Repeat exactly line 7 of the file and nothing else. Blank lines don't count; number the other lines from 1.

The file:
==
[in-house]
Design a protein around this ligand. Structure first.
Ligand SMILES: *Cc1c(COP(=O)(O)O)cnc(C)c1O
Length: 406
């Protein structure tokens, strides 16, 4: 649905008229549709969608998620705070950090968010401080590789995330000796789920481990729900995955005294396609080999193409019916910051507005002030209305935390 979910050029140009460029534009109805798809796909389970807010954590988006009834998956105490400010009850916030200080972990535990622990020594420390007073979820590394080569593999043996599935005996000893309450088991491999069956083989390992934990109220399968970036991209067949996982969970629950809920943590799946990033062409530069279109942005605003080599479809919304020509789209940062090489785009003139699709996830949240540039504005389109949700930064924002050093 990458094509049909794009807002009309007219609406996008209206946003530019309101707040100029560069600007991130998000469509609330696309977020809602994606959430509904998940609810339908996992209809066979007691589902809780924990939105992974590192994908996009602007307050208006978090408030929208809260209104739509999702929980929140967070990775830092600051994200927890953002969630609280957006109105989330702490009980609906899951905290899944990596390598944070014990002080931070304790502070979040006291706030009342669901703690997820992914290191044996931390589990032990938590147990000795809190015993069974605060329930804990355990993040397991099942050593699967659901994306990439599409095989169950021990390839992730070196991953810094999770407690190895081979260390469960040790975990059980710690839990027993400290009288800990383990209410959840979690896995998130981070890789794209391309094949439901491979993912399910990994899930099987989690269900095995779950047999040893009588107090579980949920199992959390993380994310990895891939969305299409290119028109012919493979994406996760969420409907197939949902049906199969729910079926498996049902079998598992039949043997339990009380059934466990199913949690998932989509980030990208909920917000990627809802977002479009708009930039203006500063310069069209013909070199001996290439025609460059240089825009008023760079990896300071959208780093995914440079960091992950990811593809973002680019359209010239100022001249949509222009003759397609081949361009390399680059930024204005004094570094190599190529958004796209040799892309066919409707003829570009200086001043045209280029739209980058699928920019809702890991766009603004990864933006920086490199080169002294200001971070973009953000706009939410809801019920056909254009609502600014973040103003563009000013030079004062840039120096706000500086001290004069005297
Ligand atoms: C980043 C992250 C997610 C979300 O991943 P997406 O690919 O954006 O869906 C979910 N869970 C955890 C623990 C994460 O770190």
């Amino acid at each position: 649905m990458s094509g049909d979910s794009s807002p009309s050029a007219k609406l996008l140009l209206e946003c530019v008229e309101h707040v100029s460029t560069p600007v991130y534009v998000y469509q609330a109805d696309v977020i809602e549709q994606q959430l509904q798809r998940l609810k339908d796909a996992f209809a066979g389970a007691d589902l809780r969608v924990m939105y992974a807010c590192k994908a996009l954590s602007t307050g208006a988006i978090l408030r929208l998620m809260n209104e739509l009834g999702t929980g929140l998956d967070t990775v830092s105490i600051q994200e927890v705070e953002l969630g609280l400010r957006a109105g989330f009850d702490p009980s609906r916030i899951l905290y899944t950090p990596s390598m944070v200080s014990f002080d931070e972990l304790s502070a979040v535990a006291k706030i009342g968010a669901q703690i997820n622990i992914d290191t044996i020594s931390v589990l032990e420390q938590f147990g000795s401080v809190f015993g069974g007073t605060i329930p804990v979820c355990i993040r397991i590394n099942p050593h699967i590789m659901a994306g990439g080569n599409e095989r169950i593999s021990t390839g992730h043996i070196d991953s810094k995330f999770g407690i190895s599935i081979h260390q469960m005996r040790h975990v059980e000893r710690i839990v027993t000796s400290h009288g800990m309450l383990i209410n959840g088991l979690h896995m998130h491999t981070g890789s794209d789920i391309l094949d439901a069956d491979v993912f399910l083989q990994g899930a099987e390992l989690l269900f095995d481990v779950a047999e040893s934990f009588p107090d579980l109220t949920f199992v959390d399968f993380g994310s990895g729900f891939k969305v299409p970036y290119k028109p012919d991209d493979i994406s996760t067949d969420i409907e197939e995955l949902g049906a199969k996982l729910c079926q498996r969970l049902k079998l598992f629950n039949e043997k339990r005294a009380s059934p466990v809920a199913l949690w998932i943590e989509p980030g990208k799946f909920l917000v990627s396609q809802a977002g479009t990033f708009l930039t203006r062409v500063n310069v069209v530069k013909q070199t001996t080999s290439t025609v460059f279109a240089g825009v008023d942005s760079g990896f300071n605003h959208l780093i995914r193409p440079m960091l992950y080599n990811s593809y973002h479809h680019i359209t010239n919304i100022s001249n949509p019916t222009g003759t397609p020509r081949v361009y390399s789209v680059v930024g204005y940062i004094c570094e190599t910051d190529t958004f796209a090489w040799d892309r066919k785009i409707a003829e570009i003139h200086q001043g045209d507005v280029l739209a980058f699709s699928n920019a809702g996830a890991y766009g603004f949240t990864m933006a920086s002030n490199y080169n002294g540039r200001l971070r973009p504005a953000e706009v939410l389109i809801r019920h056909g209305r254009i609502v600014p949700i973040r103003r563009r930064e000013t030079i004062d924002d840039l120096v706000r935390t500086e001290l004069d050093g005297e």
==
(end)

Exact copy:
């Amino acid at each position: 649905m990458s094509g049909d979910s794009s807002p009309s050029a007219k609406l996008l140009l209206e946003c530019v008229e309101h707040v100029s460029t560069p600007v991130y534009v998000y469509q609330a109805d696309v977020i809602e549709q994606q959430l509904q798809r998940l609810k339908d796909a996992f209809a066979g389970a007691d589902l809780r969608v924990m939105y992974a807010c590192k994908a996009l954590s602007t307050g208006a988006i978090l408030r929208l998620m809260n209104e739509l009834g999702t929980g929140l998956d967070t990775v830092s105490i600051q994200e927890v705070e953002l969630g609280l400010r957006a109105g989330f009850d702490p009980s609906r916030i899951l905290y899944t950090p990596s390598m944070v200080s014990f002080d931070e972990l304790s502070a979040v535990a006291k706030i009342g968010a669901q703690i997820n622990i992914d290191t044996i020594s931390v589990l032990e420390q938590f147990g000795s401080v809190f015993g069974g007073t605060i329930p804990v979820c355990i993040r397991i590394n099942p050593h699967i590789m659901a994306g990439g080569n599409e095989r169950i593999s021990t390839g992730h043996i070196d991953s810094k995330f999770g407690i190895s599935i081979h260390q469960m005996r040790h975990v059980e000893r710690i839990v027993t000796s400290h009288g800990m309450l383990i209410n959840g088991l979690h896995m998130h491999t981070g890789s794209d789920i391309l094949d439901a069956d491979v993912f399910l083989q990994g899930a099987e390992l989690l269900f095995d481990v779950a047999e040893s934990f009588p107090d579980l109220t949920f199992v959390d399968f993380g994310s990895g729900f891939k969305v299409p970036y290119k028109p012919d991209d493979i994406s996760t067949d969420i409907e197939e995955l949902g049906a199969k996982l729910c079926q498996r969970l049902k079998l598992f629950n039949e043997k339990r005294a009380s059934p466990v809920a199913l949690w998932i943590e989509p980030g990208k799946f909920l917000v990627s396609q809802a977002g479009t990033f708009l930039t203006r062409v500063n310069v069209v530069k013909q070199t001996t080999s290439t025609v460059f279109a240089g825009v008023d942005s760079g990896f300071n605003h959208l780093i995914r193409p440079m960091l992950y080599n990811s593809y973002h479809h680019i359209t010239n919304i100022s001249n949509p019916t222009g003759t397609p020509r081949v361009y390399s789209v680059v930024g204005y940062i004094c570094e190599t910051d190529t958004f796209a090489w040799d892309r066919k785009i409707a003829e570009i003139h200086q001043g045209d507005v280029l739209a980058f699709s699928n920019a809702g996830a890991y766009g603004f949240t990864m933006a920086s002030n490199y080169n002294g540039r200001l971070r973009p504005a953000e706009v939410l389109i809801r019920h056909g209305r254009i609502v600014p949700i973040r103003r563009r930064e000013t030079i004062d924002d840039l120096v706000r935390t500086e001290l004069d050093g005297e």